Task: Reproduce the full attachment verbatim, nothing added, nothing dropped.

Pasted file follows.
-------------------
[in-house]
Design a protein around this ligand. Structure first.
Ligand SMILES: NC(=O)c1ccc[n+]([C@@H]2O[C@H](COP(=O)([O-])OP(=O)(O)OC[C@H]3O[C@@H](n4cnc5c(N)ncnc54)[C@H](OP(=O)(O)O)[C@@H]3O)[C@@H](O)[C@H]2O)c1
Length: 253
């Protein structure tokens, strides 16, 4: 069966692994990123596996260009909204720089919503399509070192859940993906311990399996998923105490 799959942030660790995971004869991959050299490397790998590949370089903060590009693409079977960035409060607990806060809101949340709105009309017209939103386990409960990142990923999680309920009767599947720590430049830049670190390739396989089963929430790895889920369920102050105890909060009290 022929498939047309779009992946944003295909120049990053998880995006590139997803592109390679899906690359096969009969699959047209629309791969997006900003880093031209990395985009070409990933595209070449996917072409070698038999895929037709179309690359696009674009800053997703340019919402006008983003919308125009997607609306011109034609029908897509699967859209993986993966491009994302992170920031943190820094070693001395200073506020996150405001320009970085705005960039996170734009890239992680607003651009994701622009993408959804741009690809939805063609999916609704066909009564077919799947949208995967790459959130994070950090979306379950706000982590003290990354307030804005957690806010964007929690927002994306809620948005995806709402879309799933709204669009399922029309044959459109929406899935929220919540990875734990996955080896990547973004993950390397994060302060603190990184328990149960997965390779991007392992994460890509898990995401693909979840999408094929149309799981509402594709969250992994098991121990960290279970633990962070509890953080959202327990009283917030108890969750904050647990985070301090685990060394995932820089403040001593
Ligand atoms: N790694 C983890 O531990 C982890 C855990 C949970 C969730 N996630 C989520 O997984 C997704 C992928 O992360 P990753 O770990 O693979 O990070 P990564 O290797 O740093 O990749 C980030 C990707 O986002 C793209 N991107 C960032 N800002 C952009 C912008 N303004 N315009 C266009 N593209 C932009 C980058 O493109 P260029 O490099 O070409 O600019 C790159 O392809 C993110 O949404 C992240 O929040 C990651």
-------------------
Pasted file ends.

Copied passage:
[in-house]
Design a protein around this ligand. Structure first.
Ligand SMILES: NC(=O)c1ccc[n+]([C@@H]2O[C@H](COP(=O)([O-])OP(=O)(O)OC[C@H]3O[C@@H](n4cnc5c(N)ncnc54)[C@H](OP(=O)(O)O)[C@@H]3O)[C@@H](O)[C@H]2O)c1
Length: 253
């Protein structure tokens, strides 16, 4: 069966692994990123596996260009909204720089919503399509070192859940993906311990399996998923105490 799959942030660790995971004869991959050299490397790998590949370089903060590009693409079977960035409060607990806060809101949340709105009309017209939103386990409960990142990923999680309920009767599947720590430049830049670190390739396989089963929430790895889920369920102050105890909060009290 022929498939047309779009992946944003295909120049990053998880995006590139997803592109390679899906690359096969009969699959047209629309791969997006900003880093031209990395985009070409990933595209070449996917072409070698038999895929037709179309690359696009674009800053997703340019919402006008983003919308125009997607609306011109034609029908897509699967859209993986993966491009994302992170920031943190820094070693001395200073506020996150405001320009970085705005960039996170734009890239992680607003651009994701622009993408959804741009690809939805063609999916609704066909009564077919799947949208995967790459959130994070950090979306379950706000982590003290990354307030804005957690806010964007929690927002994306809620948005995806709402879309799933709204669009399922029309044959459109929406899935929220919540990875734990996955080896990547973004993950390397994060302060603190990184328990149960997965390779991007392992994460890509898990995401693909979840999408094929149309799981509402594709969250992994098991121990960290279970633990962070509890953080959202327990009283917030108890969750904050647990985070301090685990060394995932820089403040001593
Ligand atoms: N790694 C983890 O531990 C982890 C855990 C949970 C969730 N996630 C989520 O997984 C997704 C992928 O992360 P990753 O770990 O693979 O990070 P990564 O290797 O740093 O990749 C980030 C990707 O986002 C793209 N991107 C960032 N800002 C952009 C912008 N303004 N315009 C266009 N593209 C932009 C980058 O493109 P260029 O490099 O070409 O600019 C790159 O392809 C993110 O949404 C992240 O929040 C990651």